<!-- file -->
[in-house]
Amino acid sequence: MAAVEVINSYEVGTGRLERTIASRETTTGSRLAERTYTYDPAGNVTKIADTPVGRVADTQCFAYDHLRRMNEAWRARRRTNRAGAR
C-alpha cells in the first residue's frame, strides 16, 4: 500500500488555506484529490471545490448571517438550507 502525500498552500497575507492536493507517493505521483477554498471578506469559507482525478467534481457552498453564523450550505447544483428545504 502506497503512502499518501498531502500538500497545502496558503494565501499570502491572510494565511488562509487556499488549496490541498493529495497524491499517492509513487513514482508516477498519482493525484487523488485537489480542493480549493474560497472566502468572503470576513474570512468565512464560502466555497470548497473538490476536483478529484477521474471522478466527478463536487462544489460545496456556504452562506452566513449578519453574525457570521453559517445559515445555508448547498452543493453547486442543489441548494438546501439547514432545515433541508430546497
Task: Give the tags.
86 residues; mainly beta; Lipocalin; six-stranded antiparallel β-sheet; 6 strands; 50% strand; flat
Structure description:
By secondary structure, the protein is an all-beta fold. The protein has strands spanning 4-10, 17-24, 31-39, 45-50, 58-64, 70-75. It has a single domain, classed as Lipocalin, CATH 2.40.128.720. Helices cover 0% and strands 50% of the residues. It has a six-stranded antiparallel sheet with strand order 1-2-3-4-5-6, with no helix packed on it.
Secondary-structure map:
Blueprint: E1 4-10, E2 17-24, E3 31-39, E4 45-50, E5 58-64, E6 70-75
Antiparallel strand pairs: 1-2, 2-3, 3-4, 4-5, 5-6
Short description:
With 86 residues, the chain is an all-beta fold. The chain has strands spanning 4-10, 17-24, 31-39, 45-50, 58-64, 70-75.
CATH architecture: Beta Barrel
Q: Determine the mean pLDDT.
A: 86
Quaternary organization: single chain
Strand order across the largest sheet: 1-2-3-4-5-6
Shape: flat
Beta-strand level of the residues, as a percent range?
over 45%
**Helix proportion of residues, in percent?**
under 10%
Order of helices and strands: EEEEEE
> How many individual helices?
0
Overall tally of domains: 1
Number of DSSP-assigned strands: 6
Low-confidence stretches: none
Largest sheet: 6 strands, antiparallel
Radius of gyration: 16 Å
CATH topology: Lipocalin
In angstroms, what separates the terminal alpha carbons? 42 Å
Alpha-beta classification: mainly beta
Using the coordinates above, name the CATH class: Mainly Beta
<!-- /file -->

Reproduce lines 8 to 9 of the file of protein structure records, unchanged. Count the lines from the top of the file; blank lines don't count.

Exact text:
Secondary-structure map:
Blueprint: E1 4-10, E2 17-24, E3 31-39, E4 45-50, E5 58-64, E6 70-75